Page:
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Friday, November 7, 2014
You Only Hurt The Ones You Pretend To Love
happiness: Rosamund Pike as Amy and Ben Affleck as Nick (center) in David
"Gone Girl", written by Gillian Flynn and based on her best-selling novel.
Omar P.L. Moore/PopcornReel.com
David Fincher helms "Gone Girl", a sensationalist film that satirizes the
24-hour American cable TV news media cycle culture, its coverage of crime and
the populace's engagement to good effect -- but throws away the rest of the
film's reason to be. Written by Gillian Flynn based on her best-selling
same-titled novel, a bland-looking unemployed writer Nick (Ben Affleck) is
accused in the disappearance of "Amazing" Amy (Rosamund Pike), his
successful author-wife. Their marriage, shown in flashback via Amy's diary
entries and her narration of them, has been turbulent.
"Gone Girl" was released a month ago in the U.S. and Canada. For all its
slick, polished earth-warmth and gray-green cool, it fizzles after an hour,
plunging headlong into free-fall as characters are exposed as one-note
manipulators and more. Set in Missouri, the film's best character is lead
crime detective Rhonda Boney (Kim Dickens, excellent here), who thinks she's
ahead of the game as she pieces together clues from Amy's abrupt disappearance
from her home.
"Gone Girl" captures stagecraft and its ingredients well, as it does the sheer
fallout of accusation -- a crime scene unto itself -- in an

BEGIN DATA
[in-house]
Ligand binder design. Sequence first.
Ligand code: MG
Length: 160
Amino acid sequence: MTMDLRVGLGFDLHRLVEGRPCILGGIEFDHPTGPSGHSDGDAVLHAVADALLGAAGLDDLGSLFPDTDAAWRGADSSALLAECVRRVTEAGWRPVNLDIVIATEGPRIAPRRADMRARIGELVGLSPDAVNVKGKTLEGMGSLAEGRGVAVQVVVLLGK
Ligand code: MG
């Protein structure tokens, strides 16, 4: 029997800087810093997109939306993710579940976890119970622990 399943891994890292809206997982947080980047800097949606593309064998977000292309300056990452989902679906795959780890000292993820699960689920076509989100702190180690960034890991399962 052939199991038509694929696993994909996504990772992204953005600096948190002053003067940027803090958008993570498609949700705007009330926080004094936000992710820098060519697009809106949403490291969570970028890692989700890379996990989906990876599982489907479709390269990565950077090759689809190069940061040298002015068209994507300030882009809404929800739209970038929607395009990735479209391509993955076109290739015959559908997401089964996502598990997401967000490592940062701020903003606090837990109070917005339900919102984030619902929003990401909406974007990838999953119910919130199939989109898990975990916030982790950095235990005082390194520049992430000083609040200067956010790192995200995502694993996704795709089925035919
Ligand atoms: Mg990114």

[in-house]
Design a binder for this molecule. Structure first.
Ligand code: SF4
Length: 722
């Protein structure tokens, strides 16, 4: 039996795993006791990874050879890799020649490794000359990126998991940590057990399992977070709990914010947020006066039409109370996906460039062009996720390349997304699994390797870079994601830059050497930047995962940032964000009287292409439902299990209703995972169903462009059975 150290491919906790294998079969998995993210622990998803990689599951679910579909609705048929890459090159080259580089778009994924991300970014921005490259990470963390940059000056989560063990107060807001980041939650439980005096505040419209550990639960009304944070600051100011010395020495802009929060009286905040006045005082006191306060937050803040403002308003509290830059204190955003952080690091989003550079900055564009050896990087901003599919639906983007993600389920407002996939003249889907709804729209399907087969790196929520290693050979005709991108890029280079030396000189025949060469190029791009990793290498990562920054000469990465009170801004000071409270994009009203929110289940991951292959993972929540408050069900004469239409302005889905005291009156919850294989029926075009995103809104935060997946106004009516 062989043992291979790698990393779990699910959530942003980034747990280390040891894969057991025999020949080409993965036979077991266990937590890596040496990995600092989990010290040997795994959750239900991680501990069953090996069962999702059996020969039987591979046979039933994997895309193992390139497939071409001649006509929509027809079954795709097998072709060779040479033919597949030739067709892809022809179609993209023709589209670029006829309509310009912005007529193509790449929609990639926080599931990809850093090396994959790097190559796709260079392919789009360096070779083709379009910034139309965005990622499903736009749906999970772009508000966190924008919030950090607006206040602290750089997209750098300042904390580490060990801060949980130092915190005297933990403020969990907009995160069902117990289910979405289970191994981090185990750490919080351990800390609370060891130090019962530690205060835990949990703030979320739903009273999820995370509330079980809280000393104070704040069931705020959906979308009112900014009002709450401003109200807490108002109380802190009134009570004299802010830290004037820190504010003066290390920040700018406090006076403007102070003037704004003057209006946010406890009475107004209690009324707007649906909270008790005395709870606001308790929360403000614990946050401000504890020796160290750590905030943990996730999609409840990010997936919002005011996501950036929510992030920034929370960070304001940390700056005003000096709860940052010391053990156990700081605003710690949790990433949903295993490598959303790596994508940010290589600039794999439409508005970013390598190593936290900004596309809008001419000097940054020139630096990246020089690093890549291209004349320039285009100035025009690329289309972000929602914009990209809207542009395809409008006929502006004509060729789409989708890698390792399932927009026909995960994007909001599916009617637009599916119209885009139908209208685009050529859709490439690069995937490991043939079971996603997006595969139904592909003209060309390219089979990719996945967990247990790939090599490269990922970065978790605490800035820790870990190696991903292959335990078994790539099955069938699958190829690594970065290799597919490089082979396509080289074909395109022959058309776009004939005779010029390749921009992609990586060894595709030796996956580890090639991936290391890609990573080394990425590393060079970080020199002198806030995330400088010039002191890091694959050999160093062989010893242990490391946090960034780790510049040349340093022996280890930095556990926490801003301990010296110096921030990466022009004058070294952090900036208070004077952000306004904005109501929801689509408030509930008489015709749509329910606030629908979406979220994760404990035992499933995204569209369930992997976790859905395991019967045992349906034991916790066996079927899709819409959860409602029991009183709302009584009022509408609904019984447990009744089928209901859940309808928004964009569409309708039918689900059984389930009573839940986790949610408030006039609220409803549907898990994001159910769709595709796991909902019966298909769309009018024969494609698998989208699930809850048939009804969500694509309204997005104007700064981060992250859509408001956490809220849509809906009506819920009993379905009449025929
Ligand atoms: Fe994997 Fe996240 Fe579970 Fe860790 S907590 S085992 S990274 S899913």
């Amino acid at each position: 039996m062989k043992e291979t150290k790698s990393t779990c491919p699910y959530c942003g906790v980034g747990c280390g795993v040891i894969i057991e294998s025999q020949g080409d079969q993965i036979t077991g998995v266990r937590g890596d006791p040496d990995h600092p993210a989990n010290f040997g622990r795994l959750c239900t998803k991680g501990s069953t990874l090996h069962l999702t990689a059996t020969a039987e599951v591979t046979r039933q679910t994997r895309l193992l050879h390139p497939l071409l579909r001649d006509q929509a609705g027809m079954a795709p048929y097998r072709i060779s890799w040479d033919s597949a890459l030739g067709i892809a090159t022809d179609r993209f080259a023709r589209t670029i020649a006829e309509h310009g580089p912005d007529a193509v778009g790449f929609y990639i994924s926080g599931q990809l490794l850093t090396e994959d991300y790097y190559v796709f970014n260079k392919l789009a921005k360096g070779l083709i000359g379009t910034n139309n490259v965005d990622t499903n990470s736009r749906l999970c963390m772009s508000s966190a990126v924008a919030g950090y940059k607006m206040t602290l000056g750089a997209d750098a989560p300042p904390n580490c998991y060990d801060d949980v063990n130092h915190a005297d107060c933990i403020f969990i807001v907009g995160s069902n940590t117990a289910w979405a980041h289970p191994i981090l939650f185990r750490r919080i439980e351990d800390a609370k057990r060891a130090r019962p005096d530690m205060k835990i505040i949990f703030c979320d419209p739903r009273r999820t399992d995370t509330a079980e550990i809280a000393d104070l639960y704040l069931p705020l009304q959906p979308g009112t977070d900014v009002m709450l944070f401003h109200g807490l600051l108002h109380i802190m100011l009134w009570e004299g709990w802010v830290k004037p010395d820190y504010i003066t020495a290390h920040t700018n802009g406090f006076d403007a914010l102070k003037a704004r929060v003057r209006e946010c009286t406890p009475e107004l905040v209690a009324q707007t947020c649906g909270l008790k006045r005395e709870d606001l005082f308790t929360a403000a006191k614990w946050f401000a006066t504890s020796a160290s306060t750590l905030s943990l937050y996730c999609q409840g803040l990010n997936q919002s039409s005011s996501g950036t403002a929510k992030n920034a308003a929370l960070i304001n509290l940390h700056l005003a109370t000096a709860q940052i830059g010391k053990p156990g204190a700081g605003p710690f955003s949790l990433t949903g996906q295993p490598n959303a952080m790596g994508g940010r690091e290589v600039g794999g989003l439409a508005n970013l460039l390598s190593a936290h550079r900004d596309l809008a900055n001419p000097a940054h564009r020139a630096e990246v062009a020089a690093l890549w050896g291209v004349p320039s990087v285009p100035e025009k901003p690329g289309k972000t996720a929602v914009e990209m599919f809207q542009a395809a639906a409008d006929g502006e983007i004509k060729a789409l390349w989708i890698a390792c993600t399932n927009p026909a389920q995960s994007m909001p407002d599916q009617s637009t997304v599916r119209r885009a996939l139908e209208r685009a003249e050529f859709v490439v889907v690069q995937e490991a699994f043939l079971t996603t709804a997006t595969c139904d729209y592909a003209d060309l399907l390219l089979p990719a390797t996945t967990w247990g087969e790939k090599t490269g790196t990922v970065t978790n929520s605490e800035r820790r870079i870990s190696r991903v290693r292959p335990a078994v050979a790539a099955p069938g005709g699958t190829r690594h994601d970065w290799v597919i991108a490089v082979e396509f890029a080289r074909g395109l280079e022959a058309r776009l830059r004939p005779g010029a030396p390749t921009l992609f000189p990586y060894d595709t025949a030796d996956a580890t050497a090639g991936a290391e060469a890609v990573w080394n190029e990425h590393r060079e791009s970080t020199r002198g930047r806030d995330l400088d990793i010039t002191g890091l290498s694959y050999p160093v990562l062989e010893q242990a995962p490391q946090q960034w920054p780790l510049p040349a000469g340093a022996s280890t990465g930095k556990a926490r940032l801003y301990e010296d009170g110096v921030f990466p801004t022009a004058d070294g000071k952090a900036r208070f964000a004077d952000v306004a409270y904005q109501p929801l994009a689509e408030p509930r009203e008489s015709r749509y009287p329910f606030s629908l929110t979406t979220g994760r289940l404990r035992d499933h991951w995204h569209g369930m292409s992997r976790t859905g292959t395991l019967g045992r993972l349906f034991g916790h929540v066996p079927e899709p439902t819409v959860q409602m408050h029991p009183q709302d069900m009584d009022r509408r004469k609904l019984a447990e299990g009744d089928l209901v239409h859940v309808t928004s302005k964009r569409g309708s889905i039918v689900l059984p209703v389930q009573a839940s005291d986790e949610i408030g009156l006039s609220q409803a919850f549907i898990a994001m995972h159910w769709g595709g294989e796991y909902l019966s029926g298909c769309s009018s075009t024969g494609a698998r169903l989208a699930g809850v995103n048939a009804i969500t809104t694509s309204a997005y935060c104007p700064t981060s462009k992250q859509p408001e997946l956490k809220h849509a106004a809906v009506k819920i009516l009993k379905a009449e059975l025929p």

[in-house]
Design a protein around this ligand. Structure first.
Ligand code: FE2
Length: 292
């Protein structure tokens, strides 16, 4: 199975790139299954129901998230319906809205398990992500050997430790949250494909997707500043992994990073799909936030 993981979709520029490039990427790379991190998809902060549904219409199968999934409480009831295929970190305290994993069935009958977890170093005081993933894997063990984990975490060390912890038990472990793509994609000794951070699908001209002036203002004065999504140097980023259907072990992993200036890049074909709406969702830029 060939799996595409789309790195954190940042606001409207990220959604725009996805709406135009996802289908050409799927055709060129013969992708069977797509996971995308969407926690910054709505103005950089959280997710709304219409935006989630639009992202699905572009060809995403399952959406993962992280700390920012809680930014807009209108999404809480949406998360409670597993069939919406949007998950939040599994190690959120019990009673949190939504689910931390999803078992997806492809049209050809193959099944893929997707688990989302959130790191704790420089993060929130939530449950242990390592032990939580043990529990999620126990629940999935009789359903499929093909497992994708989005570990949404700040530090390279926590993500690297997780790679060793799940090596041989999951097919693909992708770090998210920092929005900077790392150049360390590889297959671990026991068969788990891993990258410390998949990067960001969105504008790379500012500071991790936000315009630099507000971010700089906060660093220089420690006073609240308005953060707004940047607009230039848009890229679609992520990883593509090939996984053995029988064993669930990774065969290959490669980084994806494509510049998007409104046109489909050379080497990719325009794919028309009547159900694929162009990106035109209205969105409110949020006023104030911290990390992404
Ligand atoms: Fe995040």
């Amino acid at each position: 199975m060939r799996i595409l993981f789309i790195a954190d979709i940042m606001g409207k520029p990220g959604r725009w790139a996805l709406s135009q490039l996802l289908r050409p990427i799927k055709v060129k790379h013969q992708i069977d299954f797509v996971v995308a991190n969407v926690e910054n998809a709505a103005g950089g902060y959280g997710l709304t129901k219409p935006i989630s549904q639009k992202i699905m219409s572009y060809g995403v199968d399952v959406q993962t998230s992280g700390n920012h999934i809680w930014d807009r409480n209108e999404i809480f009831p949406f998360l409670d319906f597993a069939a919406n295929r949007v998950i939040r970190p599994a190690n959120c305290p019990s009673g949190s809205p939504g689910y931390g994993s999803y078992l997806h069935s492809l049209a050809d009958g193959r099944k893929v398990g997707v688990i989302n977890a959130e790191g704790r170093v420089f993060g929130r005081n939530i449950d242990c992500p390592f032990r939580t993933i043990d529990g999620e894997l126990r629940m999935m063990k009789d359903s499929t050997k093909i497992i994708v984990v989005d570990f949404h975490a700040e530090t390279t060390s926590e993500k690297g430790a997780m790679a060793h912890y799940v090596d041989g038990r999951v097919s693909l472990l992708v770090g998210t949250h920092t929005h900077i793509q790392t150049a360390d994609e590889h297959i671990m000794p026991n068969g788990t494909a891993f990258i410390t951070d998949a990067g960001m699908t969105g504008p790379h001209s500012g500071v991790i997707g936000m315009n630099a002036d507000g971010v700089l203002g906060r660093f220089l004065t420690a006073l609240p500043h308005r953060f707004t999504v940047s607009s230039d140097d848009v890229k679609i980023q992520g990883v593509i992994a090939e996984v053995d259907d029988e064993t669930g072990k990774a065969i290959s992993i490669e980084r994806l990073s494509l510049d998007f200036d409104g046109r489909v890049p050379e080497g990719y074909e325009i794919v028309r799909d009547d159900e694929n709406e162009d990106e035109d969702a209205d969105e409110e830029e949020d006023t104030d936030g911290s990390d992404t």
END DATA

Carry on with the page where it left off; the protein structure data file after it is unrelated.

amusing way. Amongst the detritus of caricature Nancy Grace and Diane
Sawyer are evoked in several scenes. "Gone Girl" proudly and nakedly
advertises that, as Shakespeare once wrote, all the world's a stage, but here
Mr. Fincher shows that his players readily fall off its edge.
those who fall do so in a campy way. Each is layered in camp.
Sometimes also in desperation. None of the characters is supposed to make
you feel better. They needn't. Each mirrors the apathetic,
reality-TV driven, reactionary, opportunist and uncritical thinking society they
(and moviegoers) live in. After a while style took over for me. I
absorbed myself in it, luxuriating in the one thing Mr. Fincher's film had to
offer. The characters in "Gone Girl" tarnished the view.
Nick is a static figure that events revolve around. The bewildered looks he
gives suggests his head is spinning. He is the film's least interesting
presence. Well, he is a writer. It seems that after act one Mr.
Fincher recognizes the disinterest and spends much of the film's second hour
with Amy. By the way, for married writers Amy (on hiatus) and Nick (out of
work) sure can afford a lot of very expensive things. "How can we afford this?", one of them
says to the other in a crisis moment. There's apparently no trust fund or
"Daddy come save me" money in sight but that doesn't stop the gold-tinted
opulence and open acreage from flowing in shot after shot.
One of the film's only other assets is the pensive, moody score by "Social Network"
musicians Trent Reznor and Atticus Ross. The score perfectly fits the
atmosphere and oddly angular, misshapen faces Mr. Fincher uses so adroitly in
his canvases, but all else doesn't gel. Many of the "Gone Girl" characters